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Covenant of the Salmon People Film Showing and Film Maker/ Producer Panel
September 30 @ 11:00 am - 12:30 pm PDT
Covenant of the Salmon People expands on the creation story of the Nimiipuu, where before humans were created animals could speak. The salmon was the first to give of themselves to provide nourishment for the people, in return the people would always protect and speak on their behalf. Today, the Tribe is at a pivotal point in their fight to protect and restore several species of salmon that are near extinction.
“Genetically salmon has imprinted on our DNA,” said Nakia Williamson, Nez Perce Tribe Cultural Resources Director. “Now we are only left with a handful of places that have the numbers of salmon that we can actually fish and continue that way of life.”
The homelands of the Nimiipuu span across modern day Idaho, Washington, Oregon and Montana. This includes major waterways and tributaries, including the Snake River, where four dams threaten the future of salmon and the tribe. From the beginning, the Nimiipuu contested the construction of the dams, yet despite their cries of concern the dams were built. Today, mere single digit percentages of salmon return to their natural spawning grounds, after having to pass through eight dams including the four dams on the Lower Snake River.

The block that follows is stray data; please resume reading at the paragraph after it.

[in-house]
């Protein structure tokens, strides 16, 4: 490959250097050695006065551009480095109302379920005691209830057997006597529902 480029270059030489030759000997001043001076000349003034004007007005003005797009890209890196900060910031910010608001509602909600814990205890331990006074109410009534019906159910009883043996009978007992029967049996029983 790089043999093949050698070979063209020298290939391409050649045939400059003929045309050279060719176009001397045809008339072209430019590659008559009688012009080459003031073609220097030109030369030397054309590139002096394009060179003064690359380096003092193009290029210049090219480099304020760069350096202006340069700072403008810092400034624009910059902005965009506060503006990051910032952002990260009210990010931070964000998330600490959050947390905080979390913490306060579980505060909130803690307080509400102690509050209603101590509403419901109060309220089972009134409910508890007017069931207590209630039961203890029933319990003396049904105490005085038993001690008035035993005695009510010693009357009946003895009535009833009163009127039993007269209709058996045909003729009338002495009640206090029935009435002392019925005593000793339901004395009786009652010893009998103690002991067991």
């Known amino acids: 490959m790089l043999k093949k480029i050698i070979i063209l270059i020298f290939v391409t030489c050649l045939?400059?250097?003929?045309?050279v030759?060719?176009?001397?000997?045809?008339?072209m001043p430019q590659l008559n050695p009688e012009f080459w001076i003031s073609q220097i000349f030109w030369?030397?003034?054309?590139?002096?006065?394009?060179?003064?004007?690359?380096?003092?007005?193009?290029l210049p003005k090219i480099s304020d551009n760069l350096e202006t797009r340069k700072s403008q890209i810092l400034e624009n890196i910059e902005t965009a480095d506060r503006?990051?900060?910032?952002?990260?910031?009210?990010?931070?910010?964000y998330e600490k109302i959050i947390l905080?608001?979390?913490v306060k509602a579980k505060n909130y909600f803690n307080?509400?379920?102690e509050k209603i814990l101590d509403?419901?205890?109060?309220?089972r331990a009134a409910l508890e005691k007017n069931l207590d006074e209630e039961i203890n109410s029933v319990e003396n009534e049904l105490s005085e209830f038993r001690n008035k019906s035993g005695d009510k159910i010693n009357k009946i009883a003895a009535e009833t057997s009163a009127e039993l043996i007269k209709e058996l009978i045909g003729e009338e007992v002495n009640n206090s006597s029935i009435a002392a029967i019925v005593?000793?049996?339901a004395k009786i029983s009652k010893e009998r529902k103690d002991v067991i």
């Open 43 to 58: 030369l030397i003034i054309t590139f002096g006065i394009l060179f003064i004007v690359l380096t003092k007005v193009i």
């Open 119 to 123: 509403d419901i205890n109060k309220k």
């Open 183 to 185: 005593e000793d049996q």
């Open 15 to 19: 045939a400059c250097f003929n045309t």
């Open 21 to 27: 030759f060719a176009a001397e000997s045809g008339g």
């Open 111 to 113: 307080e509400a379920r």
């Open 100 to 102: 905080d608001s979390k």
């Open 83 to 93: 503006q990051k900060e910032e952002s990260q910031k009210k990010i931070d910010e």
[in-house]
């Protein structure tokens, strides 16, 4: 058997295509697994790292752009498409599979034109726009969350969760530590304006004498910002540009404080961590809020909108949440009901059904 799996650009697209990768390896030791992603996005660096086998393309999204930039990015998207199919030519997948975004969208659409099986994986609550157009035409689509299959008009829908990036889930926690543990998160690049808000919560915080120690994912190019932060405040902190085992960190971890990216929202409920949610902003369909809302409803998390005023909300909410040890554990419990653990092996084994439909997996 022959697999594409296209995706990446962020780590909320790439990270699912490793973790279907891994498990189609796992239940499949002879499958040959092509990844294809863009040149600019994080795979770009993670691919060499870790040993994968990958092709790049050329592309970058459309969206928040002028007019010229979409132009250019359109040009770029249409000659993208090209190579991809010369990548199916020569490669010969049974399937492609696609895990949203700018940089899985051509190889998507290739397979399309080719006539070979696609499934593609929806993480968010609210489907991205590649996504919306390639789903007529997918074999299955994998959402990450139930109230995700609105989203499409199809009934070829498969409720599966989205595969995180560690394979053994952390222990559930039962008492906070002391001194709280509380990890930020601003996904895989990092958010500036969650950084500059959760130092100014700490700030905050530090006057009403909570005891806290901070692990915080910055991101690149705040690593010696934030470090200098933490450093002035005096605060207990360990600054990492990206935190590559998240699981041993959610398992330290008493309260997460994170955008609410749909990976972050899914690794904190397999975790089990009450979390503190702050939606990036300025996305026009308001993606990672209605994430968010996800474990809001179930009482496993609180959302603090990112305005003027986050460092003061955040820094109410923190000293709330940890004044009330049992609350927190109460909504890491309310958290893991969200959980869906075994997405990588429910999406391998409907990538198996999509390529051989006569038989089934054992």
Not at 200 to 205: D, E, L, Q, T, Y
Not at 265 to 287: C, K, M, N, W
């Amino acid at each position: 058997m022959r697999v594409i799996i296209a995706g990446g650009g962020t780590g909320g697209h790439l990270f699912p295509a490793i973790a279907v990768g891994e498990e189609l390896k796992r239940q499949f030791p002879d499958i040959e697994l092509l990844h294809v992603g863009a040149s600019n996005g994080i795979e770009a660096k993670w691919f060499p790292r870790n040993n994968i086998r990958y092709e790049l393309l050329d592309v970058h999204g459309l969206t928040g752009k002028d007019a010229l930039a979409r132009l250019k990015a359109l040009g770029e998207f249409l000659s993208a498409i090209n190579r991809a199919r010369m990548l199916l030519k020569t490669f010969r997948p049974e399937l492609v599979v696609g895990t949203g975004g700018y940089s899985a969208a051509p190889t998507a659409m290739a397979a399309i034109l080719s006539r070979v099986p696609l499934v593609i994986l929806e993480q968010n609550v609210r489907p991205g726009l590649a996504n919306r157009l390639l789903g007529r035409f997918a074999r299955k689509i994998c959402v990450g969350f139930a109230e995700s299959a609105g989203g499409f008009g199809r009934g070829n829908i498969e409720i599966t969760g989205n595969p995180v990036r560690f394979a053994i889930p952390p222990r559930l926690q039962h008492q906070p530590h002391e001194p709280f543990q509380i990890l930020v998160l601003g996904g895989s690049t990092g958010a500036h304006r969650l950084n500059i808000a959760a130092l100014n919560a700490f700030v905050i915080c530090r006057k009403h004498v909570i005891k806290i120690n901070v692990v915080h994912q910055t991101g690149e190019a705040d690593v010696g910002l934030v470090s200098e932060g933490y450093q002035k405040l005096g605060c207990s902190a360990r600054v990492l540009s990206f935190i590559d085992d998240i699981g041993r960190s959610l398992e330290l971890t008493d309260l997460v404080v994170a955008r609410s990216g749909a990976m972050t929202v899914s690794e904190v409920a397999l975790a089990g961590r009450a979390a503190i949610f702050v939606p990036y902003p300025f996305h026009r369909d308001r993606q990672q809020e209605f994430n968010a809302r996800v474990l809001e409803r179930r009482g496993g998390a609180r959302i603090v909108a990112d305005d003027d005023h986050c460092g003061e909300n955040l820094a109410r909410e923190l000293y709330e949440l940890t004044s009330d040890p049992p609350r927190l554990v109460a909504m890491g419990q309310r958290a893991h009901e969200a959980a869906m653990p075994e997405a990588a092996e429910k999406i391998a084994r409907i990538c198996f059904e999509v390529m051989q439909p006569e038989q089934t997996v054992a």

Today, the Tribe continues to speak and fight for salmon by leading the effort to breach the four Lower Snake River Dams. The Tribe is prepared to do the work that needs to be done to make this a reality; putting the salmon first and making all affected parties whole by doing things differently and working toward a stronger Northwest.
“This film will cover the perspectives of all our people, not just us as policy makers and staff, but also our tribal elders, men, women and children. After all, this is a fight for the Nez Perce Tribe and each individual tribal member who is at risk of losing a part of their culture, and a part of their identity,” said Nez Perce Tribal Executive Committee Chairman, Samuel Penney. “Our method of fighting to protect the salmon has evolved over the years, but the work has never stopped, and never will, until we can ensure the protection of these species and the return of their historical numbers.”
Covenant of the Salmon People will share perspectives and stories from the Nimiipuu and expand into the modern-day “wars” that continue in order to uphold their covenant.
“I have to say, when is enough, enough? We have turned as many dials for salmon recovery as we are capable of doing,” said Nez Perce Tribal Executive Committee Chairman, Shannon Wheeler. “Our back is against the wall. We need to turn some of the larger dials, and some of the larger dials include dam breaching. Now, more than ever our voice needs to be amplified for salmon and for the rest of the environment,” continued Chairman Wheeler. “We will never forget our covenant with the salmon.”
This event is free and open to the public.